Electric Rodeo

Emotions Win Out Over Explosions With Tim McGraw at RodeoHouston

Tim McGraw knows how to weave s song tale.
Tim McGraw knows how to weave s song tale. PHOT by David "Odiwams" Wright

Tim McGraw
NRG Stadium
March 7, 2K19


Perhaps my most heretical belief as a music writer is that authenticity is overrated. Blame it on the fact that I'm the son of a Springsteen die-hard who fell in love hard with prog rock, but give me a singer who'll sing me a good fiction with a straight face over whomever the new realness is and I'll be much happier 9 times out of 10. This is all to say that there were times during Thursday night's set at RodeoHouston that Tim McGraw was my platonic ideal of a country singer.

One thing lacking in a lot of modern country is believability. Sure, Luke Bryan might own a farm, but you mean to tell me a dude with that nice a voice is hunting and fishing on the regular? Even if he is, he just sounds too clean to be that guy. But Tim McGraw? He's got just enough grit in those vocal cords to be the believable down on his luck dude, or the small town family man who doesn't care what you think of him, or the bad boy who is a real good man. Whatever the role, he sounds like he's straight out of that world.

Except, at times, for his big party numbers. “Truck Yeah” is still a bit too meathead, and his heart never seems to be into “I Like It, I Love It.” No, McGraw isn't one of those singers with the booming voice that RodeoHouston seems to be built for. His demeanor is more understated, yet no less engaging. He's just the type of guy that celebrates an unreleased ballad going over well with the crowd with the type of arm punching celebration dance usually reserved for touchdown celebrations.


A song like “Humble and Kind” would be so awful sung by almost any other country singer; with its so-sweet-it'll-give-you-a-cavity message, most would lean too far into the song, making it sound like a bad parity. But McGraw gives it just the right amount of heft to make it's very on the nose message seem like something worth considering, even if the song is pretty much just The Golden Rule at half speed.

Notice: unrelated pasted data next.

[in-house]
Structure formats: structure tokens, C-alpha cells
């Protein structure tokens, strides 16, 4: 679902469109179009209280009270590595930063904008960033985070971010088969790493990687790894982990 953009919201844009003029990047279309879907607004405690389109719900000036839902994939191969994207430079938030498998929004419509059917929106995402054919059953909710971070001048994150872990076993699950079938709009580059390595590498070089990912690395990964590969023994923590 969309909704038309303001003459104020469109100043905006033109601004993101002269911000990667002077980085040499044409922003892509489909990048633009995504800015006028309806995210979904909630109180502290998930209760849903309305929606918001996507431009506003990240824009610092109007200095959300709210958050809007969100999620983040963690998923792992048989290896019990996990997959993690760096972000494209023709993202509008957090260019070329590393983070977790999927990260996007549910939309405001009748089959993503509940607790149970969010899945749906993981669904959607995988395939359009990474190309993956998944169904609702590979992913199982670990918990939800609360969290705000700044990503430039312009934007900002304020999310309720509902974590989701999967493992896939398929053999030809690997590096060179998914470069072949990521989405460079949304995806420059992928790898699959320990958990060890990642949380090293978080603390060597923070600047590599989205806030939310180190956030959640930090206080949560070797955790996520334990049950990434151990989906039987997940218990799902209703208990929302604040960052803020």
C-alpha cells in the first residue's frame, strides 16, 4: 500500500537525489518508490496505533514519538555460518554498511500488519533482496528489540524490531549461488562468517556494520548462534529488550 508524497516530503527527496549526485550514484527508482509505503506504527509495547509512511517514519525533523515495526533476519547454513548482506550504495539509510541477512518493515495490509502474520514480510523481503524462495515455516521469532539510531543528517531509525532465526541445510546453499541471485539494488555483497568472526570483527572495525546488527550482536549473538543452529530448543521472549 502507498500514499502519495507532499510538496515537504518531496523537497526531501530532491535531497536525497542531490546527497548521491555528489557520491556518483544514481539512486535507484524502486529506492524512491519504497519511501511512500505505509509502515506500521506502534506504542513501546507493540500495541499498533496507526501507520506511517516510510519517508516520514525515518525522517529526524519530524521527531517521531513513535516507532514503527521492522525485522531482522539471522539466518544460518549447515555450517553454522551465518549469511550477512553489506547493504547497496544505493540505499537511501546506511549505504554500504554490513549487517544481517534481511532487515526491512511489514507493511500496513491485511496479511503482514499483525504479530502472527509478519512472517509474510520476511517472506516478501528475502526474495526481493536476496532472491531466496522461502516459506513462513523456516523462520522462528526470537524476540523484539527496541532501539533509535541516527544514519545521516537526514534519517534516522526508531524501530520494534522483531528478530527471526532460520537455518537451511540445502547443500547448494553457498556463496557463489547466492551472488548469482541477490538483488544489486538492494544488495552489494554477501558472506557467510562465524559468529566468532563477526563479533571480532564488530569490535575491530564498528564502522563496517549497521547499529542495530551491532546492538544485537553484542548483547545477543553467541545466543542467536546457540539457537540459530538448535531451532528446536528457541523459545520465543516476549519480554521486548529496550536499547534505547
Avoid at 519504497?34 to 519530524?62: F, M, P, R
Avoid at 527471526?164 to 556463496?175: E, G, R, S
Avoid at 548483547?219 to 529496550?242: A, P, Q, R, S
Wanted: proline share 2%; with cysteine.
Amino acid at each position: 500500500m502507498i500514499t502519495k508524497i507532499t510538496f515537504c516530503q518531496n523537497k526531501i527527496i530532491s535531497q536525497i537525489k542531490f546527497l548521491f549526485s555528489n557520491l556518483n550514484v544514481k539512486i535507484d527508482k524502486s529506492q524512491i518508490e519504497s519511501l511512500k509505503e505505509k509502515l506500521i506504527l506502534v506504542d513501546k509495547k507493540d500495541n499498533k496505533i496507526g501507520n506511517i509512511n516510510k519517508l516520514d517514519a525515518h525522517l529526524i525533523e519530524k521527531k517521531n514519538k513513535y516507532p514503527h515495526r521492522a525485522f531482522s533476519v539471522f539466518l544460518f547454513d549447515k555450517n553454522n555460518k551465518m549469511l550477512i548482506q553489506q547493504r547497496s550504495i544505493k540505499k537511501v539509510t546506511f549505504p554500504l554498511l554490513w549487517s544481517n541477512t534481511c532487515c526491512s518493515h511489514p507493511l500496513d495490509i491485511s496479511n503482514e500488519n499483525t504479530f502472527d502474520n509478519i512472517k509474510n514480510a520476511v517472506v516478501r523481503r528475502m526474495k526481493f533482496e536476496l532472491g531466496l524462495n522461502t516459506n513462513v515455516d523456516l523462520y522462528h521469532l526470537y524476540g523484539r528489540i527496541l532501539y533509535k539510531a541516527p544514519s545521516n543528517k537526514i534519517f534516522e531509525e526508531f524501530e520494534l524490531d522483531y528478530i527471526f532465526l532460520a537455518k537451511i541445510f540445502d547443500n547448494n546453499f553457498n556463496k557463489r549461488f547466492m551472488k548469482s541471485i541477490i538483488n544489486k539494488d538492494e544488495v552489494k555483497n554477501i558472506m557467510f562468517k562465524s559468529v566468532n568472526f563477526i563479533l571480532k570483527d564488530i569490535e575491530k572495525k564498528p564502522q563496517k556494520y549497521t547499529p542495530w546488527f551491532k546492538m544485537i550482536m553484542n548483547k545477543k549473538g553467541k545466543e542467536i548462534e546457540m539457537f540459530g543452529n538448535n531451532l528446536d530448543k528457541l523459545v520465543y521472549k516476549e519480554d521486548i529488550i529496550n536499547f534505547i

That kind of emotion – real or not – might not make you stomp your feet or pump your fist, but it's good for the soul from time to time. Whether McGraw's melodies move you to tears or just give you something nice to listen to on a weekday night, the man knows who to weave a tale and a spell that still stuns so many years later.

Personal Bias: I thought “Break First” was one of the more underappreciated songs of the last year and hearing it live was one of my top 10 concert moments of 2018.

The Crowd: 66,491, the lowest second Thursday in a few years. There's a lot to unpack with the attendance numbers this year, y'all.

Mutton Bustin' Report, Night 11: Maybe I just don't have my finger on the pulse of the kids these days, but I'm surprised more of these kids aren't doing the floss after their rides. My favorite kid tonight wanted to be a butterfly catcher when she grows up; I'm jealous of her optimism.

Random Notebook Dump: What do you think is the best song that a famous person dislikes singing the most? “Pokerface” is the first thing that comes to mind, but I feel like I'm missing something more obvious.
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Cory Garcia is a Contributing Editor for the Houston Press. He once won an award for his writing, but he doesn't like to brag about it. If you're reading this sentence, odds are good it's because he wrote a concert review you don't like or he wanted to talk pro wrestling.
Contact: Cory Garcia